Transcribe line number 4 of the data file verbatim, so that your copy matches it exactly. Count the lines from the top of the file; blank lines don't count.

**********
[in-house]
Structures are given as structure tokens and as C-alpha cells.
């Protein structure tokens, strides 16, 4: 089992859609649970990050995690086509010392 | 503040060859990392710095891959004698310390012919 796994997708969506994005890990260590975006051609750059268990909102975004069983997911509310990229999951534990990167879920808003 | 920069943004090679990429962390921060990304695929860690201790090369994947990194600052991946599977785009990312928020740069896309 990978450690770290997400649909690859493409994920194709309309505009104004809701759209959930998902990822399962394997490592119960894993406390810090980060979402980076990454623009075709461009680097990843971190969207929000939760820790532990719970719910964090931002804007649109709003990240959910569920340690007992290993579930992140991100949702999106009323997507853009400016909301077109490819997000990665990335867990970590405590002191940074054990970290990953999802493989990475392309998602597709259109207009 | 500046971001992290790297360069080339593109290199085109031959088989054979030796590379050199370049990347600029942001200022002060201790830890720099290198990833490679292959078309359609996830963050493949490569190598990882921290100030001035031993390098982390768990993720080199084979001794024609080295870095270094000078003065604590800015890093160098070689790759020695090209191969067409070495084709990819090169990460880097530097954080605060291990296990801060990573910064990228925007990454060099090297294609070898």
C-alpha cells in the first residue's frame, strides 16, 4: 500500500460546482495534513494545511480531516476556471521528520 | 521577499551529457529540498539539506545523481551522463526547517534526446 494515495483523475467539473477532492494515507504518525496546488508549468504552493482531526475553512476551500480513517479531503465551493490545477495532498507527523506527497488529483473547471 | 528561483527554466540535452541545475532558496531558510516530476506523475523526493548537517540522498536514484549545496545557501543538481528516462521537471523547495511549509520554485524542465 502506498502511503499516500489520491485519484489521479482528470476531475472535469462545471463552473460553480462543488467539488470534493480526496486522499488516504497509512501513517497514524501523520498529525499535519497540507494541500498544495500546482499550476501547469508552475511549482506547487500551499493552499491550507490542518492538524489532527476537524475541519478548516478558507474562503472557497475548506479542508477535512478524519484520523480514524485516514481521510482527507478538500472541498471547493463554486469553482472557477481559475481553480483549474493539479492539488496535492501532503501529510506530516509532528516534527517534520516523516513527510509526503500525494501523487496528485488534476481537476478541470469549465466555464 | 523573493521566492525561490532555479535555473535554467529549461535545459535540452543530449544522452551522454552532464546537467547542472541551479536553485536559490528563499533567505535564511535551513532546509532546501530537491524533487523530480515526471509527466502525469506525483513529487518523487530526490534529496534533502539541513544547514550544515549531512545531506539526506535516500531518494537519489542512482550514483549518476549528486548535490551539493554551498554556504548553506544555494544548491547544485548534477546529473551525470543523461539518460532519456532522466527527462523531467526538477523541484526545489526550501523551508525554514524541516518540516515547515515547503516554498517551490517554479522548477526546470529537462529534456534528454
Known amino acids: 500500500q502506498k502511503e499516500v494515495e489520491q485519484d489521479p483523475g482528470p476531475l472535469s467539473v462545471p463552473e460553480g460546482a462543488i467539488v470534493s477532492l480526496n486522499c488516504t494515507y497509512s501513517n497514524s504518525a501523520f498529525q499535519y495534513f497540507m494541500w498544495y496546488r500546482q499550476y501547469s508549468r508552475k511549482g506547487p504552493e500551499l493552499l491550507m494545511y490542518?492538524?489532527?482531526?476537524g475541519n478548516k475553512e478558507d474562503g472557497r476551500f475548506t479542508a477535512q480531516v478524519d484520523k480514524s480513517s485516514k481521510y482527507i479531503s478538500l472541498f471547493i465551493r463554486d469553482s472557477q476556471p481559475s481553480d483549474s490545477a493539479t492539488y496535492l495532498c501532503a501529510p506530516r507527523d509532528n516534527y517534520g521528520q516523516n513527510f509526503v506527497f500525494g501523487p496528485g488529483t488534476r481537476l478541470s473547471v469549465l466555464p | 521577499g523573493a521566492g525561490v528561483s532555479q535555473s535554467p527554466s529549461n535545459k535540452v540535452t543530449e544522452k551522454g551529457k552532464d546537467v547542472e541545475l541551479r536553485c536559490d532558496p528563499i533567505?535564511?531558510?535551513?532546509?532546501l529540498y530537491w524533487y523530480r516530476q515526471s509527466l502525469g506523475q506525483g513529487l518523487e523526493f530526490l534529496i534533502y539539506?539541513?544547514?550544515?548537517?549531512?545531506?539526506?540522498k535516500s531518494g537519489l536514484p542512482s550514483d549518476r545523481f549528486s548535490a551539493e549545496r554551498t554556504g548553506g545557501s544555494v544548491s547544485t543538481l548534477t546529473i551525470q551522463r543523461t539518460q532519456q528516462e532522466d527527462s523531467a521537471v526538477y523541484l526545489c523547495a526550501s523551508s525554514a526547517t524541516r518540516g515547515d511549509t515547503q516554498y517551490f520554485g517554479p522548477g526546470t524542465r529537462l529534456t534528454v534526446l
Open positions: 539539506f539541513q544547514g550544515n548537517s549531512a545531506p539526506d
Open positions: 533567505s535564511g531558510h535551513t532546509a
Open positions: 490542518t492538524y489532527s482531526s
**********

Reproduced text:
C-alpha cells in the first residue's frame, strides 16, 4: 500500500460546482495534513494545511480531516476556471521528520 | 521577499551529457529540498539539506545523481551522463526547517534526446 494515495483523475467539473477532492494515507504518525496546488508549468504552493482531526475553512476551500480513517479531503465551493490545477495532498507527523506527497488529483473547471 | 528561483527554466540535452541545475532558496531558510516530476506523475523526493548537517540522498536514484549545496545557501543538481528516462521537471523547495511549509520554485524542465 502506498502511503499516500489520491485519484489521479482528470476531475472535469462545471463552473460553480462543488467539488470534493480526496486522499488516504497509512501513517497514524501523520498529525499535519497540507494541500498544495500546482499550476501547469508552475511549482506547487500551499493552499491550507490542518492538524489532527476537524475541519478548516478558507474562503472557497475548506479542508477535512478524519484520523480514524485516514481521510482527507478538500472541498471547493463554486469553482472557477481559475481553480483549474493539479492539488496535492501532503501529510506530516509532528516534527517534520516523516513527510509526503500525494501523487496528485488534476481537476478541470469549465466555464 | 523573493521566492525561490532555479535555473535554467529549461535545459535540452543530449544522452551522454552532464546537467547542472541551479536553485536559490528563499533567505535564511535551513532546509532546501530537491524533487523530480515526471509527466502525469506525483513529487518523487530526490534529496534533502539541513544547514550544515549531512545531506539526506535516500531518494537519489542512482550514483549518476549528486548535490551539493554551498554556504548553506544555494544548491547544485548534477546529473551525470543523461539518460532519456532522466527527462523531467526538477523541484526545489526550501523551508525554514524541516518540516515547515515547503516554498517551490517554479522548477526546470529537462529534456534528454